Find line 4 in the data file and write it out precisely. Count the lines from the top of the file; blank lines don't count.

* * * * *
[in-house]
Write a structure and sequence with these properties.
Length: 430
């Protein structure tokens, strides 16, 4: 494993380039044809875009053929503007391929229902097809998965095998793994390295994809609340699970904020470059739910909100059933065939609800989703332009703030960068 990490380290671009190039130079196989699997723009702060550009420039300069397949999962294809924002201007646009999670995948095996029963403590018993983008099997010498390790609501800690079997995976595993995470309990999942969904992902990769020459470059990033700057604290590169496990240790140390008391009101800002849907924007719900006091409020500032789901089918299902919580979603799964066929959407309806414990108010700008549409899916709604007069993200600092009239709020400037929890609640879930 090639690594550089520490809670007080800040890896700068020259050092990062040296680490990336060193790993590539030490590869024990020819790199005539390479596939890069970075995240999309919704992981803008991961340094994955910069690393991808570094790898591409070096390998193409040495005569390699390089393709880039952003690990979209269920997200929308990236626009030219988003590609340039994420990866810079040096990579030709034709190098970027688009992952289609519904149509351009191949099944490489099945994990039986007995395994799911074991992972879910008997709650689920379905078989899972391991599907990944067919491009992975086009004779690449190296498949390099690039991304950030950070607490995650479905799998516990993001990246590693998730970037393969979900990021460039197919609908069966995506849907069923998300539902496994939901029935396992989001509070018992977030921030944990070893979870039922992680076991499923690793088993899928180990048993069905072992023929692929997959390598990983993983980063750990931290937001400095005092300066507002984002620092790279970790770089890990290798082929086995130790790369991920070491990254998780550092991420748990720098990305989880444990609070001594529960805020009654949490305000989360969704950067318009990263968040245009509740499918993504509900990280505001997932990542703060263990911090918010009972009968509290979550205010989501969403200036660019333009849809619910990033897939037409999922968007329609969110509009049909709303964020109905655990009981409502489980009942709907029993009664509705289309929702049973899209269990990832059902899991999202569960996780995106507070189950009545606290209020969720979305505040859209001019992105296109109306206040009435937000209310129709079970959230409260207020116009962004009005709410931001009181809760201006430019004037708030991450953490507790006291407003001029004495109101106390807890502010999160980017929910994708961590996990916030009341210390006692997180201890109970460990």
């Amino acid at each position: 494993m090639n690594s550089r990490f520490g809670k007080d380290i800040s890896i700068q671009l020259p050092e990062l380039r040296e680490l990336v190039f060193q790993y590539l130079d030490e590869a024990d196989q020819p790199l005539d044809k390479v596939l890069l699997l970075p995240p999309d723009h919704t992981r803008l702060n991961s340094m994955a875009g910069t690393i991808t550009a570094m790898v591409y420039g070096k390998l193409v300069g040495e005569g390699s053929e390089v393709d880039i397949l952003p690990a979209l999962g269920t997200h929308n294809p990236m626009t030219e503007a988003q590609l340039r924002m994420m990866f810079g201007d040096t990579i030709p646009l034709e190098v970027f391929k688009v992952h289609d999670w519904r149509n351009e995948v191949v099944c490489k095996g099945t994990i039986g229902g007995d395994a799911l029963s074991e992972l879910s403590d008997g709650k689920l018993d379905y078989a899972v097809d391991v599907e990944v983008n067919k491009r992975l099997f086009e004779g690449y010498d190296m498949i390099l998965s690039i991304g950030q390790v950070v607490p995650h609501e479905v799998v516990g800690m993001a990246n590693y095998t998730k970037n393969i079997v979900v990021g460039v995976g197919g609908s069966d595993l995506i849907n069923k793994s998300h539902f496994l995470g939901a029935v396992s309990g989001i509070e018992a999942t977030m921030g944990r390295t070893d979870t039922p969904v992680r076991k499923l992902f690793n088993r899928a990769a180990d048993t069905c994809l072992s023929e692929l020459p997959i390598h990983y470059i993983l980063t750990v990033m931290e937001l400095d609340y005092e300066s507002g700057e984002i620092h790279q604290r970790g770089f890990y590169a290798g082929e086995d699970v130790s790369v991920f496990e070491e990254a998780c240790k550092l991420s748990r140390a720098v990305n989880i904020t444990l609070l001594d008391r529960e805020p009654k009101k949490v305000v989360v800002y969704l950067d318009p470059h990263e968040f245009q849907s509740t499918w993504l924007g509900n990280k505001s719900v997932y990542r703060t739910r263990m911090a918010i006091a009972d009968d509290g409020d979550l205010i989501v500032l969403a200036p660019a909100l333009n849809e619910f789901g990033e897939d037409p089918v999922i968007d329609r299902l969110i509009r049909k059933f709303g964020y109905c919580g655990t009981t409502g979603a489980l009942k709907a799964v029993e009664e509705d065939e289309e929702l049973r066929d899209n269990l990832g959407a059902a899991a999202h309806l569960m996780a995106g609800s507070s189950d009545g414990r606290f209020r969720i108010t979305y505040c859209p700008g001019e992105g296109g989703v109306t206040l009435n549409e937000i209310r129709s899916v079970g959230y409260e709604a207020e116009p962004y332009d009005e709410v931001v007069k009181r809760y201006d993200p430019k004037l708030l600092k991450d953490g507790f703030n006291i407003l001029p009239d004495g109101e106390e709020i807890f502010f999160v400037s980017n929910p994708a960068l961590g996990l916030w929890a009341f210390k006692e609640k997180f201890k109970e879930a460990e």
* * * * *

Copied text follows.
């Protein structure tokens, strides 16, 4: 494993380039044809875009053929503007391929229902097809998965095998793994390295994809609340699970904020470059739910909100059933065939609800989703332009703030960068 990490380290671009190039130079196989699997723009702060550009420039300069397949999962294809924002201007646009999670995948095996029963403590018993983008099997010498390790609501800690079997995976595993995470309990999942969904992902990769020459470059990033700057604290590169496990240790140390008391009101800002849907924007719900006091409020500032789901089918299902919580979603799964066929959407309806414990108010700008549409899916709604007069993200600092009239709020400037929890609640879930 090639690594550089520490809670007080800040890896700068020259050092990062040296680490990336060193790993590539030490590869024990020819790199005539390479596939890069970075995240999309919704992981803008991961340094994955910069690393991808570094790898591409070096390998193409040495005569390699390089393709880039952003690990979209269920997200929308990236626009030219988003590609340039994420990866810079040096990579030709034709190098970027688009992952289609519904149509351009191949099944490489099945994990039986007995395994799911074991992972879910008997709650689920379905078989899972391991599907990944067919491009992975086009004779690449190296498949390099690039991304950030950070607490995650479905799998516990993001990246590693998730970037393969979900990021460039197919609908069966995506849907069923998300539902496994939901029935396992989001509070018992977030921030944990070893979870039922992680076991499923690793088993899928180990048993069905072992023929692929997959390598990983993983980063750990931290937001400095005092300066507002984002620092790279970790770089890990290798082929086995130790790369991920070491990254998780550092991420748990720098990305989880444990609070001594529960805020009654949490305000989360969704950067318009990263968040245009509740499918993504509900990280505001997932990542703060263990911090918010009972009968509290979550205010989501969403200036660019333009849809619910990033897939037409999922968007329609969110509009049909709303964020109905655990009981409502489980009942709907029993009664509705289309929702049973899209269990990832059902899991999202569960996780995106507070189950009545606290209020969720979305505040859209001019992105296109109306206040009435937000209310129709079970959230409260207020116009962004009005709410931001009181809760201006430019004037708030991450953490507790006291407003001029004495109101106390807890502010999160980017929910994708961590996990916030009341210390006692997180201890109970460990």